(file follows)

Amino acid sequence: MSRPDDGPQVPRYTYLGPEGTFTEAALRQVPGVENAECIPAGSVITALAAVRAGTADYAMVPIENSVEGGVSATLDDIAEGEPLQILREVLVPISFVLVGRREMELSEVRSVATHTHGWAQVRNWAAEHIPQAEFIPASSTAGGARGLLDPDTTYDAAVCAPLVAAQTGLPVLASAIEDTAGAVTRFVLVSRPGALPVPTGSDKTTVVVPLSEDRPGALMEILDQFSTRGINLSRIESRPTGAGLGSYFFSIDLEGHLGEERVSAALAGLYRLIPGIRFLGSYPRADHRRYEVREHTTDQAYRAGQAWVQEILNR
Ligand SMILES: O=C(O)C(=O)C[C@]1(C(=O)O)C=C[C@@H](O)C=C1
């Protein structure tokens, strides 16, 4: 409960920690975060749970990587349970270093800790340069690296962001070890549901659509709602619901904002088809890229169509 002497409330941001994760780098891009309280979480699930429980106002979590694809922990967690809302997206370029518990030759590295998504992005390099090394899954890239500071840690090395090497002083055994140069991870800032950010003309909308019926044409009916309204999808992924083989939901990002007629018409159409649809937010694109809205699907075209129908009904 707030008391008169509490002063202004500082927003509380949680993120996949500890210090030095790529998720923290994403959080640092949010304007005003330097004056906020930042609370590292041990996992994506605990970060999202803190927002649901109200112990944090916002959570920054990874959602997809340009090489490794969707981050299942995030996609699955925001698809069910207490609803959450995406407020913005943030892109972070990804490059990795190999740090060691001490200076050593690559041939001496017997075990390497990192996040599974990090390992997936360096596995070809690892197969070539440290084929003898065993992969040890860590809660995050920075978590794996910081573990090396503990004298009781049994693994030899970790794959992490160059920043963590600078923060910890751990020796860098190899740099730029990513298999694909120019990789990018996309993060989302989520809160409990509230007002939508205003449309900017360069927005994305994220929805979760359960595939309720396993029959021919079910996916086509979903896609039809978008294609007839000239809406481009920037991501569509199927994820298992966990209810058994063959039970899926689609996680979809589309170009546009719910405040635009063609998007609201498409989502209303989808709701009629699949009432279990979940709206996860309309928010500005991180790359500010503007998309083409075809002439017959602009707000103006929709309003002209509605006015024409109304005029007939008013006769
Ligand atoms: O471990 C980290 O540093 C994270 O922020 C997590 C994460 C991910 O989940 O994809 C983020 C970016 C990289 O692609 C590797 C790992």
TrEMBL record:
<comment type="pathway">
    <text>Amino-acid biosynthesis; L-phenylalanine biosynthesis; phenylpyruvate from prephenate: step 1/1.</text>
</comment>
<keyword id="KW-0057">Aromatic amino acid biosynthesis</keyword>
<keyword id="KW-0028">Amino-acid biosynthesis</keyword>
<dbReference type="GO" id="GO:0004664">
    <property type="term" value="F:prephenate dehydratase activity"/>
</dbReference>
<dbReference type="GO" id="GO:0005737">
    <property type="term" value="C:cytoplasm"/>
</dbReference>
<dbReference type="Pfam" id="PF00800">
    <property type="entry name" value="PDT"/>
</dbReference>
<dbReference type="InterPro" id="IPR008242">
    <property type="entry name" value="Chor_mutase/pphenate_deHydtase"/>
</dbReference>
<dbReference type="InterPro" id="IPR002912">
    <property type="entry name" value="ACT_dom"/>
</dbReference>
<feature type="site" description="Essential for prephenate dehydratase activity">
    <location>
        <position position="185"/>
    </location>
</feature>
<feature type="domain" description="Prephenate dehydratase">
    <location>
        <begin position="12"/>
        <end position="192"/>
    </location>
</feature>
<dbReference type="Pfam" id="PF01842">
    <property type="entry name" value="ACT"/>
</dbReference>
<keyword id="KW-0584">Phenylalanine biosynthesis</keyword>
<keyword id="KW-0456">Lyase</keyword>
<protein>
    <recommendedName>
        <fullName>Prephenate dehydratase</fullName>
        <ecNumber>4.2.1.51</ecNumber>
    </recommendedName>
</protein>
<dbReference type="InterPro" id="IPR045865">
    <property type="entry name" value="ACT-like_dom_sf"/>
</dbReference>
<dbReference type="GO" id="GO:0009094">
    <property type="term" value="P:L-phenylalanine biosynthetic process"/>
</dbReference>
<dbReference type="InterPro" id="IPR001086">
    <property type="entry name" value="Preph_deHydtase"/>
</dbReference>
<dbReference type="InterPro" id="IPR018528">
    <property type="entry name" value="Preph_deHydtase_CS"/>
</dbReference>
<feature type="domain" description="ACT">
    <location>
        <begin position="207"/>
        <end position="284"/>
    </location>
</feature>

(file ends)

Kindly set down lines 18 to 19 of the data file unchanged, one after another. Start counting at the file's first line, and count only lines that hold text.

    <property type="entry name" value="PDT"/>
</dbReference>